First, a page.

How the Book Began:
Where did the idea for Zoe come from?
My family room.
I have one daughter, Stephanie, who was born with lovely red hair. I have another daughter, Meredith, who has a rather energetic personality.
Out of a strange melding of these two girls came the idea for ZOE: a child born with a quarter acre of crazy red hair that had a personality of its own.
In the early drafts, the story wasn’t quite a story. It turned out that just having cool hair was not enough. This explained the rejections I received for the book in the mid 1990’s. (The story was VERY DIFFERENT from its current form!) When a rejection would come in, I’d pout, and keep tinkering with it.
Both of my girls went off to kindergarten and then first grade. Meredith’s exuberant personality was not appreciated by all of her teachers. When Meredith was identified as ADHD, we were confused. It didn’t feel right to force our child into something she was not made to be. But clearly she had to learn to adapt to a classroom setting. What to do?
With this personal drama unfolding in the background, I continued to edit and rewrite Zoe’s story. I added the somewhat intimidating character of Ms. Trisk and clarified the conflict: Zoe has to learn to follow the rules of first grade. But that makes her sad.
My daughter Meredith, meanwhile, was growing up. She was blessed with a couple OF teachers who really valued her qualities and personality. Meredith learned how to adapt to a school setting. The school learned to adapt to her. And I finally figured out how to write Zoe.
An editor I sent it to loved it, but said that too many “hair books” had just come out, and he wanted to hold on to it for a bit. About five years later, he called me up and said the time had come. The world was waiting for Zoe.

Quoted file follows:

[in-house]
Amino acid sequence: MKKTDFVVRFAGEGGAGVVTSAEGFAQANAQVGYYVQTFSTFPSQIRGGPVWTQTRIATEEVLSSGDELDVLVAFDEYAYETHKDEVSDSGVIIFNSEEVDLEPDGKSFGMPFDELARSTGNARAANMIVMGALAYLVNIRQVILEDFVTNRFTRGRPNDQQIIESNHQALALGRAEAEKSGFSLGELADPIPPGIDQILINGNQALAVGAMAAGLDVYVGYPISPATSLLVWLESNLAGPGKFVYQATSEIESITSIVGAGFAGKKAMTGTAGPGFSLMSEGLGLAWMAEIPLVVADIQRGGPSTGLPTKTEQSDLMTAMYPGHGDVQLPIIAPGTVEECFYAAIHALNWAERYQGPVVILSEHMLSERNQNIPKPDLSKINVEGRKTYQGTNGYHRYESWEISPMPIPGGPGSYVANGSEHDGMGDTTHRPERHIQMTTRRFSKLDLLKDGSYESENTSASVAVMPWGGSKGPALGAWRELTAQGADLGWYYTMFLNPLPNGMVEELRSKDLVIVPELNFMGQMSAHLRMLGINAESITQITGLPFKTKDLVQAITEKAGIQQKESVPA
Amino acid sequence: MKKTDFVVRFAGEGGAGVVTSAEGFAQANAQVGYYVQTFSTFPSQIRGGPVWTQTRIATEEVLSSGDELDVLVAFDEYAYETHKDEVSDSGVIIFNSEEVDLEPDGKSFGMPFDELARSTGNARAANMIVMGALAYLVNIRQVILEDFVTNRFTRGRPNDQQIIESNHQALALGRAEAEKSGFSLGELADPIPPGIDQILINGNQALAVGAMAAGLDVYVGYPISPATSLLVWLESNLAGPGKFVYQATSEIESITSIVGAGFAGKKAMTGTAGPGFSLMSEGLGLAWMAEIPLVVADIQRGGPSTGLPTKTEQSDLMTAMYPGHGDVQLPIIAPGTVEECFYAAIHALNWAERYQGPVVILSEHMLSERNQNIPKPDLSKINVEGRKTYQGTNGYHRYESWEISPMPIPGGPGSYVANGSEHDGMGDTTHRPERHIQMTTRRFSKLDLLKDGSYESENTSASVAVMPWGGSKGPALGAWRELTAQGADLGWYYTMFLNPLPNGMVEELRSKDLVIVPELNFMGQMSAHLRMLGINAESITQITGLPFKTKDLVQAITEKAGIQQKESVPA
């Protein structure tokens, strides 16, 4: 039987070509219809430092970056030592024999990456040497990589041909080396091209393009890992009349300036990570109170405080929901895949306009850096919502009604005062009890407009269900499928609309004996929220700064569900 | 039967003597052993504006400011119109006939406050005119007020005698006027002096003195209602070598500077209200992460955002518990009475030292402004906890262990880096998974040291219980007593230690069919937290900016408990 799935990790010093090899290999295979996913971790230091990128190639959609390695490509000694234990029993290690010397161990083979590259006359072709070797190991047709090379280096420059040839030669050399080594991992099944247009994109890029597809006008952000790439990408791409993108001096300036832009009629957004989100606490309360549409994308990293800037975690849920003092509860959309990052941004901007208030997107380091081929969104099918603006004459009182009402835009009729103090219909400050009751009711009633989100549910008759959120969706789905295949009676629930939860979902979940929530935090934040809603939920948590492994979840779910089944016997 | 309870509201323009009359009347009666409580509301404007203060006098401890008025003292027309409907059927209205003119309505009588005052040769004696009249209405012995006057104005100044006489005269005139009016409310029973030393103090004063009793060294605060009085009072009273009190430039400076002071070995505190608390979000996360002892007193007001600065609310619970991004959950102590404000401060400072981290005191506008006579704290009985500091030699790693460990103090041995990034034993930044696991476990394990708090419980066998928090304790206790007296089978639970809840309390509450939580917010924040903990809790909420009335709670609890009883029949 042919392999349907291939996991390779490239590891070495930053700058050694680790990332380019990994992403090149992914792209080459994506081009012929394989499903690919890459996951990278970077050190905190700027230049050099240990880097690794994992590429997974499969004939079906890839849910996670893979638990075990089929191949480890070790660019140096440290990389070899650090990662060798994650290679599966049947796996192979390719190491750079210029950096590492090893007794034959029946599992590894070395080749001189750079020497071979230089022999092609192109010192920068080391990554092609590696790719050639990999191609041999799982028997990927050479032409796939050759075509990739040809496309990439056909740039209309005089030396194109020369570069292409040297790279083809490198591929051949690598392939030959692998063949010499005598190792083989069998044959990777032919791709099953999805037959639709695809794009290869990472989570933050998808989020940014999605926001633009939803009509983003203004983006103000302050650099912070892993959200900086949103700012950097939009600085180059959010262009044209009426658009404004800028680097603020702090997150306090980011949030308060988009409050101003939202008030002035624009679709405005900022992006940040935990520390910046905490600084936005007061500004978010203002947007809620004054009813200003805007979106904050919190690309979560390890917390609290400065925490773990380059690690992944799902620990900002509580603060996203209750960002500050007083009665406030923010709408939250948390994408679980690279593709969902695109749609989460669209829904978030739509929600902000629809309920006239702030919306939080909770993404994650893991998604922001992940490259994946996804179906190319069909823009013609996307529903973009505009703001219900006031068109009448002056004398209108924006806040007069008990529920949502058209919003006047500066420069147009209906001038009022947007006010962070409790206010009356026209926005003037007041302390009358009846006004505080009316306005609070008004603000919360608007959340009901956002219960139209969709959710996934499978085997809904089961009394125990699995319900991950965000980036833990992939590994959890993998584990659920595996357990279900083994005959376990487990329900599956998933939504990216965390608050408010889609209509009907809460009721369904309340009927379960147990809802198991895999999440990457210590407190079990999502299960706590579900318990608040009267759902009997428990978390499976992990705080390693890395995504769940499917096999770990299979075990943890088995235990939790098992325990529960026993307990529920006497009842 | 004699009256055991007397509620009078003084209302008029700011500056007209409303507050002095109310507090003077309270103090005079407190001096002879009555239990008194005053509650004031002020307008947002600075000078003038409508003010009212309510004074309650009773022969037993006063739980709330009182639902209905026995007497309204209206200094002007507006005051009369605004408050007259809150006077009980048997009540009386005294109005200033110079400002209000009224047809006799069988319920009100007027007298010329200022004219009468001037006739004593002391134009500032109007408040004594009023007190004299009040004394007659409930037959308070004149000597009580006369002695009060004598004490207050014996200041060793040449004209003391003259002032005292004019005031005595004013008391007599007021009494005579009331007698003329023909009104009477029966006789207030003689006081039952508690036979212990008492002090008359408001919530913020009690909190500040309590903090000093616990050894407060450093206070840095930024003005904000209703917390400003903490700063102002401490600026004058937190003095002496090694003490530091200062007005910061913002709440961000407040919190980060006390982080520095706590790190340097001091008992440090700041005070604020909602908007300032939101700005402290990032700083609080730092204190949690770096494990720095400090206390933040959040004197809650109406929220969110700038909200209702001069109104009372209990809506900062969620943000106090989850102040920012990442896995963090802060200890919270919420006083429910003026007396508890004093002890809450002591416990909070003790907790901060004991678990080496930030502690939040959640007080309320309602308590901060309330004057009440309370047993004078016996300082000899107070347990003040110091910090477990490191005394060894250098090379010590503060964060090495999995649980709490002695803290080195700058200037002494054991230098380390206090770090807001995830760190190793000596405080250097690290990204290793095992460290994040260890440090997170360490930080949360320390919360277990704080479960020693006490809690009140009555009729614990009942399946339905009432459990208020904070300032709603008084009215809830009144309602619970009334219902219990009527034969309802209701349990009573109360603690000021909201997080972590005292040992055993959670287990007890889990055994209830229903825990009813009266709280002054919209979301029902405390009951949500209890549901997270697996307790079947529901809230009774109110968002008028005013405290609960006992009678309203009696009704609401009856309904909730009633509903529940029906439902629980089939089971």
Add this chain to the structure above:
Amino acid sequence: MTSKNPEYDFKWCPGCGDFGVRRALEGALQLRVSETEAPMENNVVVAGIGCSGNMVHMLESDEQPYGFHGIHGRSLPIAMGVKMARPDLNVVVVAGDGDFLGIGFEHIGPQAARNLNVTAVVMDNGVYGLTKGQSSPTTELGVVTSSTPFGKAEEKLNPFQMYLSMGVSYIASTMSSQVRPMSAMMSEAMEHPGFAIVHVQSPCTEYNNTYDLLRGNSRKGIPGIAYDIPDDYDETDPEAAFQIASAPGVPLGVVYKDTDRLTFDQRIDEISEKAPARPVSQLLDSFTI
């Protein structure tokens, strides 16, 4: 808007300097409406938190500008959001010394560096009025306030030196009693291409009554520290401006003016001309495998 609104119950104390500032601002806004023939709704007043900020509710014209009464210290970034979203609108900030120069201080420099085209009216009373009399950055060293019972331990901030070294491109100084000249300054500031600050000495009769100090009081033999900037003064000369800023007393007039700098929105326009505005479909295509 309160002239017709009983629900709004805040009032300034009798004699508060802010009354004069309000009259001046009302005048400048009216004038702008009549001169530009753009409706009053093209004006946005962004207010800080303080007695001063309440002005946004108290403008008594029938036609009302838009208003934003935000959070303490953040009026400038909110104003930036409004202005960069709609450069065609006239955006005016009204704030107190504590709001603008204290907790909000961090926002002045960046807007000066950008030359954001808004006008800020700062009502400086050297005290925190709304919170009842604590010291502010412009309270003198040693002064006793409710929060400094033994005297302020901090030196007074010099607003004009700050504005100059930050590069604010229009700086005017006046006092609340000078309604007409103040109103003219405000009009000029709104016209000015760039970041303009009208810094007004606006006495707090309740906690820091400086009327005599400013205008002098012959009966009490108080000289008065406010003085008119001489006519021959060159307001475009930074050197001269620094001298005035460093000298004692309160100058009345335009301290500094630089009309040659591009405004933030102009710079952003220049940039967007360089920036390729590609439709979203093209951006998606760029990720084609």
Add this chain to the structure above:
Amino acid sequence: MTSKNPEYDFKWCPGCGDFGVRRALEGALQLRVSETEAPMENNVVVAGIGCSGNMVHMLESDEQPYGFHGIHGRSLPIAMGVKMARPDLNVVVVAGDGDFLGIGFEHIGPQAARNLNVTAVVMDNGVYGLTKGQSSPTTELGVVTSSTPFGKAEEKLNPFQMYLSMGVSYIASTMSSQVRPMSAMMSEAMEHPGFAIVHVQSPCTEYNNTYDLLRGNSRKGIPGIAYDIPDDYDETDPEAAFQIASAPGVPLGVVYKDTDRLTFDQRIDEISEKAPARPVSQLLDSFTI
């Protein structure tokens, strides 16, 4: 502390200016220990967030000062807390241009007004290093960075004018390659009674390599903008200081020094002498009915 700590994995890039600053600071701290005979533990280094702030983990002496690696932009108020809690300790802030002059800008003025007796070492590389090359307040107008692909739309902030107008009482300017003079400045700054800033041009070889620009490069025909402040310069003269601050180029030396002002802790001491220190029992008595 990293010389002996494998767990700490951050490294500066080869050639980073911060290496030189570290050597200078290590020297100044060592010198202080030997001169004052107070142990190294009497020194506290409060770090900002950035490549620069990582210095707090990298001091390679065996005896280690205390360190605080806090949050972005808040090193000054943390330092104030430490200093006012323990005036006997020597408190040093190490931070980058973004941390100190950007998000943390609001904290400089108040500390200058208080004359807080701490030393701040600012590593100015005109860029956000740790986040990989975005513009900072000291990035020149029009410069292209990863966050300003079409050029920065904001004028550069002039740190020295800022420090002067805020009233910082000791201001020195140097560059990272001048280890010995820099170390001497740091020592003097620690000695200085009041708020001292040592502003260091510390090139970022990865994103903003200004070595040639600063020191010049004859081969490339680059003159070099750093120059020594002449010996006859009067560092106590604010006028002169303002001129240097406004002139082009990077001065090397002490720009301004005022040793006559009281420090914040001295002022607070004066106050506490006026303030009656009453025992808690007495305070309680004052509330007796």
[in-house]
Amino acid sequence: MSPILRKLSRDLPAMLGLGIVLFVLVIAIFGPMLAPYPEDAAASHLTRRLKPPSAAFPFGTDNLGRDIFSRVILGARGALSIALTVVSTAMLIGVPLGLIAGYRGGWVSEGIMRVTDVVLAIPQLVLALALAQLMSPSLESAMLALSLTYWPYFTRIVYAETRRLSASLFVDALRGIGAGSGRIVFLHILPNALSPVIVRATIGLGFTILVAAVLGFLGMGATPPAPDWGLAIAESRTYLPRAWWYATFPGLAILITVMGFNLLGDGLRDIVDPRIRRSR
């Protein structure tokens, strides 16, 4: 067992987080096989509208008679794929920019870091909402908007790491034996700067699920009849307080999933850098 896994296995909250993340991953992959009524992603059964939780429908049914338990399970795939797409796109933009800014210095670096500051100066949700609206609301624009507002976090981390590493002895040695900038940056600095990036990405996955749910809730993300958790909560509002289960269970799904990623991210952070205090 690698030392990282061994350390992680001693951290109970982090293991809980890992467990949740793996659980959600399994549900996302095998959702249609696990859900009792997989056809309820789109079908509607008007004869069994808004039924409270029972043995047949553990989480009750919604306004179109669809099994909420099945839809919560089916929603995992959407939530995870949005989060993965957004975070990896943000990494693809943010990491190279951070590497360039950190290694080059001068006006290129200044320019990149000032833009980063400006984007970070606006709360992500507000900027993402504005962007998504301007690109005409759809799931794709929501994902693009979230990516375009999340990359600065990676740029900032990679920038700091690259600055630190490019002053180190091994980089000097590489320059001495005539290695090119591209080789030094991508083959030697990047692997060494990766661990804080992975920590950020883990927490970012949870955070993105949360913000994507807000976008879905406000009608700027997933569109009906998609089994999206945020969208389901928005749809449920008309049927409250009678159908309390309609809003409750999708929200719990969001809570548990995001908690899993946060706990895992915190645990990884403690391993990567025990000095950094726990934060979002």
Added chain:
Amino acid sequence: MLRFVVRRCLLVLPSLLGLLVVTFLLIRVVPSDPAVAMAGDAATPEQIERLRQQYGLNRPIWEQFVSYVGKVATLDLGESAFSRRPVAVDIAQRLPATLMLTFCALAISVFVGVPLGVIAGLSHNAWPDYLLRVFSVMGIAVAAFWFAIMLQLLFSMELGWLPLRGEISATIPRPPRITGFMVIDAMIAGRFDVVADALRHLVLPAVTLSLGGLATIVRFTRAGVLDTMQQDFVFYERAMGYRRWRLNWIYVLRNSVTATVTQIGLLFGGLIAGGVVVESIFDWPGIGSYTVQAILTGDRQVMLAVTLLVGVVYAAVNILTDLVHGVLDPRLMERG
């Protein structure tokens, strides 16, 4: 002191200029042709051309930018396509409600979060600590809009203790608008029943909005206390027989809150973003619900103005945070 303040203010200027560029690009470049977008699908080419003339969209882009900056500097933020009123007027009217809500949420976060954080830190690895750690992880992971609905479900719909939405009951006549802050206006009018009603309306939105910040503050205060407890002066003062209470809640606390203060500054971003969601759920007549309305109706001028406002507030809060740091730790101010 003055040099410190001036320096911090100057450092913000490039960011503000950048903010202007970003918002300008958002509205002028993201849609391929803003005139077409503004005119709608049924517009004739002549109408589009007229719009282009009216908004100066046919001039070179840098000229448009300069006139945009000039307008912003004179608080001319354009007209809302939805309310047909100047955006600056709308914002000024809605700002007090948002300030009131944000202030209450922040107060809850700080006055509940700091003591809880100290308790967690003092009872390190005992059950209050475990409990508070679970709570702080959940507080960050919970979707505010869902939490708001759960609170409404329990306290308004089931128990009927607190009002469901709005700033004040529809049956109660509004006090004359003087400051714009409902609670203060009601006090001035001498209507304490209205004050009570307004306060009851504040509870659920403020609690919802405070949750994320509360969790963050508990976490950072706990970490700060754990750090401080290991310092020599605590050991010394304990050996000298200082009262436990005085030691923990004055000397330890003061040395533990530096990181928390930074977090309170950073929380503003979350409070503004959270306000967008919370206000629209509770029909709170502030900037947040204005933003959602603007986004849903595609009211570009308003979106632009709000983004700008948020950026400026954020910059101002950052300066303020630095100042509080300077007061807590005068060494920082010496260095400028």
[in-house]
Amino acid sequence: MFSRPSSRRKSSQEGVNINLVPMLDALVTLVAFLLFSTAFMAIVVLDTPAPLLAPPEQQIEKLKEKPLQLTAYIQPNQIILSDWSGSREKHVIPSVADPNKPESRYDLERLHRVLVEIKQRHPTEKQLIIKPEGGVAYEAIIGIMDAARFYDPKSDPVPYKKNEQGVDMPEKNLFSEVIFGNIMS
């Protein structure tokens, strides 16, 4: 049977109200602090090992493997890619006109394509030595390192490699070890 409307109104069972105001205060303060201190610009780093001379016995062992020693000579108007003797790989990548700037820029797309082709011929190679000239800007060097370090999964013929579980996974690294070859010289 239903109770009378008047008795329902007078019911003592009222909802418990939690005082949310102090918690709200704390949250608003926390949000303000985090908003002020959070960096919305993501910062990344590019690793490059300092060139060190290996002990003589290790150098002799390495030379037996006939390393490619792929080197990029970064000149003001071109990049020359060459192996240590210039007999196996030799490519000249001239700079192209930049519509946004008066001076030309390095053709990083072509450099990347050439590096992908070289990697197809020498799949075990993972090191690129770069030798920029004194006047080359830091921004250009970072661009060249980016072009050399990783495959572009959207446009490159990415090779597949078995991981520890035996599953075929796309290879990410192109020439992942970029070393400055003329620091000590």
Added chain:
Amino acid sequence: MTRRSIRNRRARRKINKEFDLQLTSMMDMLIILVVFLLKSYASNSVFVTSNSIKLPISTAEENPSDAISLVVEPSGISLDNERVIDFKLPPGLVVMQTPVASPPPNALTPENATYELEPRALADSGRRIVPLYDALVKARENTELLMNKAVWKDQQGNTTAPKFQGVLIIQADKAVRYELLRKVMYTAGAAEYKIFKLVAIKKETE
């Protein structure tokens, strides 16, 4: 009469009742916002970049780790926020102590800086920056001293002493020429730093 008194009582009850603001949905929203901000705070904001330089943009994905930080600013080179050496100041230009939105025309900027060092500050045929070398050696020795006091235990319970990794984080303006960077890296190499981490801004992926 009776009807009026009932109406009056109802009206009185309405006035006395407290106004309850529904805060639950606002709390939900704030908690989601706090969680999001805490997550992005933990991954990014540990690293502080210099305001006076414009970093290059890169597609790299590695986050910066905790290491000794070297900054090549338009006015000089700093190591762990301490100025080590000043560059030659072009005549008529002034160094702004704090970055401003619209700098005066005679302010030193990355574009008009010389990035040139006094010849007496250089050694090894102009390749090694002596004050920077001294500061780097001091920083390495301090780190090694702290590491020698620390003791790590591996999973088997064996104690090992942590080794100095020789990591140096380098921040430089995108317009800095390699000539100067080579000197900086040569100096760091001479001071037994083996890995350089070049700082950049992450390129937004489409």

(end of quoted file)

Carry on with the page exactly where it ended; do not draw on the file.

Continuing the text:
And my daughter?
She was so inspired by the teachers who respected who she was and helped her figure out her own leaning style, that she became an education major in college. She graduated in May and is now an 8th grade science teacher working near the Pennsylvania/Maryland border.
THE HAIR OF ZOE FLEEFENBACHER GOES TO SCHOOL is dedicated to my daughter Meredith.
What Happened to Pluto?
Yesterday’s post covered the background and writing process of THE HAIR OF ZOE FLEEFENBACHER GOES TO SCHOOL. It took, um…. years to write the book and have it published. (I point this out to anyone who is just joining the field of children’s literature and thinks they have a great picture book idea that will make them eight million dollars in time for Christmas.)
In the critical scene of ZOE, the teacher is trying to demonstrate how the planets in our solar system revolve around the sun. In the early drafts of the book, there were nine planets: Mercury, Venus, Earth, Mars, Jupiter, Saturn, Uranus, Neptune, and Pluto.
Then—while Ard Hoyt was working on his preliminary sketches—Pluto was demoted.
Time for another revision!
I thought about making a scientific political statement, like asking Ard to draw in a poster in Ms. Trisk’s classroom that said something like “Bring back Pluto!”, but wiser heads prevailed.
Picture Book Basics:
So…. picture book writing!!!
What follows is my approach to writing picture books. (Yep, it’s all my copyright, but may be reproduced for classroom use.) There are many different variations on this, of course, but I thought guidelines might be useful for some of you.